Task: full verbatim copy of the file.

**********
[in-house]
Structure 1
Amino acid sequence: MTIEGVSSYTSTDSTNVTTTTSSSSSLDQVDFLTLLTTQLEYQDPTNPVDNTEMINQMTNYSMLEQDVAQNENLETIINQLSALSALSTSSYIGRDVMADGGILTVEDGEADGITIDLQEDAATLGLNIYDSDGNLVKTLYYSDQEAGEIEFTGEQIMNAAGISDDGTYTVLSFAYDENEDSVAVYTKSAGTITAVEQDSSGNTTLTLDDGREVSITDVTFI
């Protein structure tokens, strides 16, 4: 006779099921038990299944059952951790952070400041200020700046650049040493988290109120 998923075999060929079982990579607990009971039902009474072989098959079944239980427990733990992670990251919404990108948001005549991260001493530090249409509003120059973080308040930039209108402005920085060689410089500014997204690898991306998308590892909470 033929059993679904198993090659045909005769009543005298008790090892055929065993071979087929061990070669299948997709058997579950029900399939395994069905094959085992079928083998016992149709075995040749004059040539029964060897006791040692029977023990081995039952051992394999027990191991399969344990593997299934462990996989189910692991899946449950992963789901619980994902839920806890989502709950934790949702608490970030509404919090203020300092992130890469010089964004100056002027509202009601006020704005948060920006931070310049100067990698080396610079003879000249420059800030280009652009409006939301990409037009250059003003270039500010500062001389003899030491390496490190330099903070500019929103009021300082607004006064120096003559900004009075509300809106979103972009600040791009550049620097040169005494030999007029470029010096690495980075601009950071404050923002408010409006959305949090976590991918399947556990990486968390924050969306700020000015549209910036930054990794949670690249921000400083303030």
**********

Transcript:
[in-house]
Structure 1
Amino acid sequence: MTIEGVSSYTSTDSTNVTTTTSSSSSLDQVDFLTLLTTQLEYQDPTNPVDNTEMINQMTNYSMLEQDVAQNENLETIINQLSALSALSTSSYIGRDVMADGGILTVEDGEADGITIDLQEDAATLGLNIYDSDGNLVKTLYYSDQEAGEIEFTGEQIMNAAGISDDGTYTVLSFAYDENEDSVAVYTKSAGTITAVEQDSSGNTTLTLDDGREVSITDVTFI
């Protein structure tokens, strides 16, 4: 006779099921038990299944059952951790952070400041200020700046650049040493988290109120 998923075999060929079982990579607990009971039902009474072989098959079944239980427990733990992670990251919404990108948001005549991260001493530090249409509003120059973080308040930039209108402005920085060689410089500014997204690898991306998308590892909470 033929059993679904198993090659045909005769009543005298008790090892055929065993071979087929061990070669299948997709058997579950029900399939395994069905094959085992079928083998016992149709075995040749004059040539029964060897006791040692029977023990081995039952051992394999027990191991399969344990593997299934462990996989189910692991899946449950992963789901619980994902839920806890989502709950934790949702608490970030509404919090203020300092992130890469010089964004100056002027509202009601006020704005948060920006931070310049100067990698080396610079003879000249420059800030280009652009409006939301990409037009250059003003270039500010500062001389003899030491390496490190330099903070500019929103009021300082607004006064120096003559900004009075509300809106979103972009600040791009550049620097040169005494030999007029470029010096690495980075601009950071404050923002408010409006959305949090976590991918399947556990990486968390924050969306700020000015549209910036930054990794949670690249921000400083303030």